Kasoa: Assembly Eject Traders Outside Satellite Market
There were chaotic scenes Friday morning (Good Friday) outside a satellite market created by the Awutu Senya East Municipal Assembly at the Datus Park area near the Kasoa new market in the Central Region.
This was when members of the assembly’s taskforce began ejecting traders selling outside the satellite market close to the main Kasoa-Bawjiase road, thereby forcing them (traders) to run helter-skelter as they (taskforce members) moved in to ensure sanity in the area.
The taskforce members were reported to have seized some of the traders’ wares and destroyed the structures they had mounted to conduct business.
The traders had moved to the side of the road following the closure of the new market by the municipal assembly for non-compliance with Covid-19 social distancing protocols.
The exercise created both vehicular and human traffic, a fertile ground for people to contract the coronavirus disease.
According to the traders, they were compelled to sell along the street outside the (satellite) market since the place was too small to contain all of them.
“We did not have a choice but to come outside the satellite market since Datus Park is too small for all of us. The assembly said because we did not adhere to the social distancing protocol they were closing the new market. The place (satellite) would have been worse if we had all gone into it,” Victoria Owusu-Ansah, a trader told the Daily Graphic.
She alleged that the taskforce members, who had used brute force to eject them, took away 15 crates of eggs she had gone to buy to sell.
A bread seller who gave her name only as Alice said a taskforce member took away four loaves of bread, valued at GH¢10 each.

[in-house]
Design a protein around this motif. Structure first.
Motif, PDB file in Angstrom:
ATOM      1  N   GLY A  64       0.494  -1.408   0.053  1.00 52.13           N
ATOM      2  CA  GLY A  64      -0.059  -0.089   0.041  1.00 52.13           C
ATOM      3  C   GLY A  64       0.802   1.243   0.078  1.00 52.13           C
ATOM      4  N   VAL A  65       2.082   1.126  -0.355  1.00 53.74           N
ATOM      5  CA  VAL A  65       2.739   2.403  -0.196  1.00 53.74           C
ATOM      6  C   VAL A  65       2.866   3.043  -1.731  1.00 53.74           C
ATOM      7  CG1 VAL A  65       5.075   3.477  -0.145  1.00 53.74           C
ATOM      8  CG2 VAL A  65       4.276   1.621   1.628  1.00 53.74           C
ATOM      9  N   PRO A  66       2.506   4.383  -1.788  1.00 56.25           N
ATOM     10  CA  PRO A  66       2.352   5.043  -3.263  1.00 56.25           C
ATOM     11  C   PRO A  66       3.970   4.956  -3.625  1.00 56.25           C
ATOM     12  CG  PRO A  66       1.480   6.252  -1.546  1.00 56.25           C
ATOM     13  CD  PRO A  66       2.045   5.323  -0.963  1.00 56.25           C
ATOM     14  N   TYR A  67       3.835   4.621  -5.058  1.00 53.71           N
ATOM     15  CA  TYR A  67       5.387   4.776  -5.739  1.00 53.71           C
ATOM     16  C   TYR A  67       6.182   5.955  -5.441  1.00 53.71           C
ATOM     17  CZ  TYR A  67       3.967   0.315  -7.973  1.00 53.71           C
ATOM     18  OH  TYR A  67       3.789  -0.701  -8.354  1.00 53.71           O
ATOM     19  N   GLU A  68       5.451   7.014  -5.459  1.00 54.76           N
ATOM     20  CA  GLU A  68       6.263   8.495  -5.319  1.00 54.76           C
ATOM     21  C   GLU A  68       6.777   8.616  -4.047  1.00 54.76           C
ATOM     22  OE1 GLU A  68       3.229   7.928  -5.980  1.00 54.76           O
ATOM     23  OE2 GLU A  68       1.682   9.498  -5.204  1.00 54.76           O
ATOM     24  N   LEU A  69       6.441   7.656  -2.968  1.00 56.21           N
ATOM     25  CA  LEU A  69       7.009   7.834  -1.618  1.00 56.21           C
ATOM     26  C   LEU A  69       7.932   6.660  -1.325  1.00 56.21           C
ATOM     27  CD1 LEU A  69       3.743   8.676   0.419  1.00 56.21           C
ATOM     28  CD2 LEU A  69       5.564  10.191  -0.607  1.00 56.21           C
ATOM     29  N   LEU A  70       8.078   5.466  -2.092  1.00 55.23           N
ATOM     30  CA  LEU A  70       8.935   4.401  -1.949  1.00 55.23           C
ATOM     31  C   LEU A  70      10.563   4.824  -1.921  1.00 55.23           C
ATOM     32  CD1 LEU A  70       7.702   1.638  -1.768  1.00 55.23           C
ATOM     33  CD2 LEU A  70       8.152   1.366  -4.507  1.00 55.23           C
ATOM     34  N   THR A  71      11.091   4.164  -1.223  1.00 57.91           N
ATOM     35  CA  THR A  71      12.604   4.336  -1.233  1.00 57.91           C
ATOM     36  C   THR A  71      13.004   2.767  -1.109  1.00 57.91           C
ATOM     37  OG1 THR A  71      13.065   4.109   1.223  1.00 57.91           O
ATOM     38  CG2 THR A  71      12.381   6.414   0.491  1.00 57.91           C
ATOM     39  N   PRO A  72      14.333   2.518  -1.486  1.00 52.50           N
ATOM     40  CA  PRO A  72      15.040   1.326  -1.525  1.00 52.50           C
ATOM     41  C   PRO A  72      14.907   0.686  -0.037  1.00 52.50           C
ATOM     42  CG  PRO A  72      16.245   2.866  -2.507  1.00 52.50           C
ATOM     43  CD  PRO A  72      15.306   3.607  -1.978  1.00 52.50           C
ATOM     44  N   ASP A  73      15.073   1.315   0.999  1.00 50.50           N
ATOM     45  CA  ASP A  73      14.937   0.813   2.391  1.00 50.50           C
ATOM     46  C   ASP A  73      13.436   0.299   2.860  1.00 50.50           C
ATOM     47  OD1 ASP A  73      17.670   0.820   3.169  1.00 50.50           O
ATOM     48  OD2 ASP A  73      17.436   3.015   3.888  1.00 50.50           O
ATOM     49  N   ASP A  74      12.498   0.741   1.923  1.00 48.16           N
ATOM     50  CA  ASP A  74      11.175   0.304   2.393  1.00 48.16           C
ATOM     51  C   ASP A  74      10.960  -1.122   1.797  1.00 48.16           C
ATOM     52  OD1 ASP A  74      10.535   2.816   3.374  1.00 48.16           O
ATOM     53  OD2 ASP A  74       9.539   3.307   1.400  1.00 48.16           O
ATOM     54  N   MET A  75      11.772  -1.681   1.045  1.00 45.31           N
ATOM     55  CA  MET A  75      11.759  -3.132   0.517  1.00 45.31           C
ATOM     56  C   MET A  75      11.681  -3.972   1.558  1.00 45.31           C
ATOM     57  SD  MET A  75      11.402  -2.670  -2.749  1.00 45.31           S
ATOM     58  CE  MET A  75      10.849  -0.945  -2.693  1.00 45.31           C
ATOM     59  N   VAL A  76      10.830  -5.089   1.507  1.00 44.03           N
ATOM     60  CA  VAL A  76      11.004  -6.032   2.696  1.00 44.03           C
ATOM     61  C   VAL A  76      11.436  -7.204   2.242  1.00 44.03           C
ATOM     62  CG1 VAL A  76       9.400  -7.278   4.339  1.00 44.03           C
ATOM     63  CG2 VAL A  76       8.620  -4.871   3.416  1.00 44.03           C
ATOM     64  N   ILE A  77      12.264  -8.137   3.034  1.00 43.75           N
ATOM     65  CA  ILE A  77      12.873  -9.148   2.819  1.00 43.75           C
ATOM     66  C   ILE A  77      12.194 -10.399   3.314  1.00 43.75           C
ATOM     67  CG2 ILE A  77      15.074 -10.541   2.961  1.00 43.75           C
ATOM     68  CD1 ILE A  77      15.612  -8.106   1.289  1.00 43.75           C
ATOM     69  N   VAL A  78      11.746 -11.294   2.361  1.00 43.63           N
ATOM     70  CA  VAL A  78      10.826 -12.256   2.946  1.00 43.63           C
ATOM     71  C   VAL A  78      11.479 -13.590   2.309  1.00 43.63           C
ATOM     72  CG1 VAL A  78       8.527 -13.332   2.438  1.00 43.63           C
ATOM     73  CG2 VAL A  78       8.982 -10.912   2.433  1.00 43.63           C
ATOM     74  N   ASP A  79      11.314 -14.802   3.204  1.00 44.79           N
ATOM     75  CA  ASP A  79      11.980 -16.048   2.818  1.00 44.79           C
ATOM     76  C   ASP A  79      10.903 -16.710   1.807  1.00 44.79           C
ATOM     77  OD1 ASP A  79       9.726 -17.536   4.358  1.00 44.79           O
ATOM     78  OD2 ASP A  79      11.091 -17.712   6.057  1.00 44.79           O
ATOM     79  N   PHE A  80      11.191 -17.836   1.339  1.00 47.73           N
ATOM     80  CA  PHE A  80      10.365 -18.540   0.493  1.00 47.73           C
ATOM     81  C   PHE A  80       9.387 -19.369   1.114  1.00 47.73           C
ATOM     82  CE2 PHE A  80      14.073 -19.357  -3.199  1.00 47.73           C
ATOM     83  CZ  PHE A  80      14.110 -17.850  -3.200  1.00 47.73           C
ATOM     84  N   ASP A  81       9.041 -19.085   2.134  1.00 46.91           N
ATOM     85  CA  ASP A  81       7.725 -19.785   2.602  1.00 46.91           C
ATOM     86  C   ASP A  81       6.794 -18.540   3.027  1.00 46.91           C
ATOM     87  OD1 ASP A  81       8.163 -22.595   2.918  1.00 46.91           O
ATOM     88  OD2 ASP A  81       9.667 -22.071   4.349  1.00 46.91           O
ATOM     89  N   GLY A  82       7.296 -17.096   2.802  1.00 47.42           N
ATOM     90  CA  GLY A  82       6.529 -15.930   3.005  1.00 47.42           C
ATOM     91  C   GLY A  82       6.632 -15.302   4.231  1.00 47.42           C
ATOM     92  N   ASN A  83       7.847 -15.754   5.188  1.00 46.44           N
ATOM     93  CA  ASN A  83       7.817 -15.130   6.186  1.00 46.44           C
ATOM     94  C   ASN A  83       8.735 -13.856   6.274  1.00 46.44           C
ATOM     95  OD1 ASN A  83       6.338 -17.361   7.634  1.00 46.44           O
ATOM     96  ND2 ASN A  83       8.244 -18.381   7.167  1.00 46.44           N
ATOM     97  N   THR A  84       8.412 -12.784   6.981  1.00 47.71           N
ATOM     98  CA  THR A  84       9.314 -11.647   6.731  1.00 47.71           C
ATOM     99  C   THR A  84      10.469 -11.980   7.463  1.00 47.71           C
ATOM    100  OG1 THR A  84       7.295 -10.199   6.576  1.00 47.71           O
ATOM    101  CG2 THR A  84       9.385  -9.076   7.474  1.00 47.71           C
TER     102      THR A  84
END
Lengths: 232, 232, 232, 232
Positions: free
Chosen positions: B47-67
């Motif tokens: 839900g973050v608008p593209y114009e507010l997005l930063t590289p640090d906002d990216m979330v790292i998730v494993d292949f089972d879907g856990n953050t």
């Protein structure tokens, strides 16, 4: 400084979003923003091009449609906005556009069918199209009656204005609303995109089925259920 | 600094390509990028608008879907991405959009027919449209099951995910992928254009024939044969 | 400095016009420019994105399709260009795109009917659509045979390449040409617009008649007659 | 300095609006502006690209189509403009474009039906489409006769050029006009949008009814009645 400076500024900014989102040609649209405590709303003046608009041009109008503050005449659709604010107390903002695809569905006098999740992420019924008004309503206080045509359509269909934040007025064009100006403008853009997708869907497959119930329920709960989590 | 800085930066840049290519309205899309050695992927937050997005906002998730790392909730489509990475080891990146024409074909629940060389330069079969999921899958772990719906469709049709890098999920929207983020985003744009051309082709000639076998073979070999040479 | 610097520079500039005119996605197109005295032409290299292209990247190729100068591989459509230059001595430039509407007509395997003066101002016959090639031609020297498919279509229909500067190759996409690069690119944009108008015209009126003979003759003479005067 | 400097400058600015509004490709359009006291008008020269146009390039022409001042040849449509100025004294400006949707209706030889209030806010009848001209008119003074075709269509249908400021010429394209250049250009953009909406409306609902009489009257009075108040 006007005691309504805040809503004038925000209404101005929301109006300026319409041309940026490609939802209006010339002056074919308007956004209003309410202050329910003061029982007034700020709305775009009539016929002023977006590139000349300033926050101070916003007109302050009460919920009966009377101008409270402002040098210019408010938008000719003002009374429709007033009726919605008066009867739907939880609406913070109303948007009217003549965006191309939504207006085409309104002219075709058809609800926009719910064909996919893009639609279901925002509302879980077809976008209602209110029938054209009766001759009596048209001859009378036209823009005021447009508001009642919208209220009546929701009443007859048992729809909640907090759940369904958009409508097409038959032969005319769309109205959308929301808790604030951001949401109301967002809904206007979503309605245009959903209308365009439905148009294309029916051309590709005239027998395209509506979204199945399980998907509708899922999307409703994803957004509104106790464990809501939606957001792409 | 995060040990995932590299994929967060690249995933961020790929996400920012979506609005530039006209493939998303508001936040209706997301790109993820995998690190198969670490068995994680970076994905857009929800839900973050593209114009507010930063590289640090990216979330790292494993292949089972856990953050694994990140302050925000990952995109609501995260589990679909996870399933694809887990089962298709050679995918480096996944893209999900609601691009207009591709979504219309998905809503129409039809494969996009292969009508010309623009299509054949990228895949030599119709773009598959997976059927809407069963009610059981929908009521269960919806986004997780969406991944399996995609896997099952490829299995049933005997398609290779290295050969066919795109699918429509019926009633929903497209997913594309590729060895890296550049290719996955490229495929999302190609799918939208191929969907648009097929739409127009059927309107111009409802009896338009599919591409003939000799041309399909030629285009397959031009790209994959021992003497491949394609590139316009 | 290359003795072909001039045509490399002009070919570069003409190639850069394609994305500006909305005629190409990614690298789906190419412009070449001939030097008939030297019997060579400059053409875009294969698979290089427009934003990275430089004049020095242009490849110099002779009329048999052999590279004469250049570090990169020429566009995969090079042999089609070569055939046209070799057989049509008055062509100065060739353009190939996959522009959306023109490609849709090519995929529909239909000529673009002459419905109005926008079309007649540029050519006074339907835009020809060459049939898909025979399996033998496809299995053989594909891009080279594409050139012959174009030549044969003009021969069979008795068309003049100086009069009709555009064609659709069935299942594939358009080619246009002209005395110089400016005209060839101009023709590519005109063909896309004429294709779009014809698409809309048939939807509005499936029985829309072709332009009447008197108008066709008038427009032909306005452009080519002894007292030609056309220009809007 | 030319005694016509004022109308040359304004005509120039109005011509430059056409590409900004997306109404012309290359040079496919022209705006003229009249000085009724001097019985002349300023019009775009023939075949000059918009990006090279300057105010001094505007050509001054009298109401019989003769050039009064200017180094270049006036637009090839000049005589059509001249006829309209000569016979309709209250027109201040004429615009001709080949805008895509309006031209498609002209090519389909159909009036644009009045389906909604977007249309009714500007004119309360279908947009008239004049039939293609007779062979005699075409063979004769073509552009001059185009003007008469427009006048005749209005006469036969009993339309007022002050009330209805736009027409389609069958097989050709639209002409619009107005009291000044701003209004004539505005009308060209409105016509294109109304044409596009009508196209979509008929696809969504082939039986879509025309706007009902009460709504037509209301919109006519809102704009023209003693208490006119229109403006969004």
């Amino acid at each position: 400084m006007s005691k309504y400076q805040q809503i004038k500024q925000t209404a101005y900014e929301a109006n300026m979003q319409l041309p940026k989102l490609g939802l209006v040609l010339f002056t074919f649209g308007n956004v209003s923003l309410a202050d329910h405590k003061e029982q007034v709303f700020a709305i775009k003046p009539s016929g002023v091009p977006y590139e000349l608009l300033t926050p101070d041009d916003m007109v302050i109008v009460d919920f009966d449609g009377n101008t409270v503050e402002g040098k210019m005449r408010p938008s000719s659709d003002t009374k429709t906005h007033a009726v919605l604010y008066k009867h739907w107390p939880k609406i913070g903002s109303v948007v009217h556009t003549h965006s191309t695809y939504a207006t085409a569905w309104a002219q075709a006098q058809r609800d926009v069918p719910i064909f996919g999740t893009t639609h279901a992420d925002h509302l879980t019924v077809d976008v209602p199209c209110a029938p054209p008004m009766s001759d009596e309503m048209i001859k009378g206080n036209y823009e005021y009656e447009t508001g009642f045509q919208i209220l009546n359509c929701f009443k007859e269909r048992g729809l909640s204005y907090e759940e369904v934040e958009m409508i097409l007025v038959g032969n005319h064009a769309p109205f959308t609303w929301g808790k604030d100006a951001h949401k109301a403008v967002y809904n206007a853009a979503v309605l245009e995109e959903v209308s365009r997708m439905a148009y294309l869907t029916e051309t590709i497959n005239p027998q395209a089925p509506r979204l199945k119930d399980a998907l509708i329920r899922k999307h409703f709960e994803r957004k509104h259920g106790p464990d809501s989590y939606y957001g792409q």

“I was lashed on my back by one taskforce member who took one of the bread, broke a piece and ate it, and then took four others away,” she alleged, adding that she was afraid of contracting the coronavirus that was why she decided to sell along the street outside the new market, adjacent to the satellite market that had been created.
Another trader, Auntie Ekua, said because of the congestion at the satellite market, there was so much heat at the place, and so “I had to come out to sell to survive because my husband is at home at the moment observing the lockdown”.
She said the assembly should have allowed them to remain in the new market which was spacious enough instead of creating the satellite market, which was too small for the large number of people who did business in the area.
However, the Awutu Senya East Municipal Chief Executive, Mr Michael Mensah, told journalists that the assembly had created satellite markets at Ofaakor Akwele and the Zion School Park to accommodate all the traders, and so did not understand why they should leave the one at the Datus Park and trade by the roadside.
He denied the allegation of use of brute force against the traders, and blamed persons who were not regular traders at the place for the spill over on to the road.
“No police or military has brutalized anybody, it is the taskforce that would order you to move and if you are reluctant …we would ensure that you move,” he said.
Asked if that warranted assault as alleged by some of the traders, he said: “it was not assaulted but compliance order because if you put the item here we would put it somewhere else”.
Mr Mensah said the traders were not being prevented from selling but were only asked to move to any of the satellite markets and not outside those markets where others were obeying the protocols.
“From day one when we took the decision that we were closing the markets we all sat down and agreed that we should alternate and shift the sale of the produce the traders sell.
“The problem has been with strangers coming from far and near. As for them, they do not respect the market queens …and come here to breach the social distancing protocol,” he said.
The assembly announced last Wednesday that it was closing both the Kasoa old and new markets due to the failure of the traders to abide by the social distancing protocols. It however, named places traders could go and sell on market days; Tuesdays and Fridays.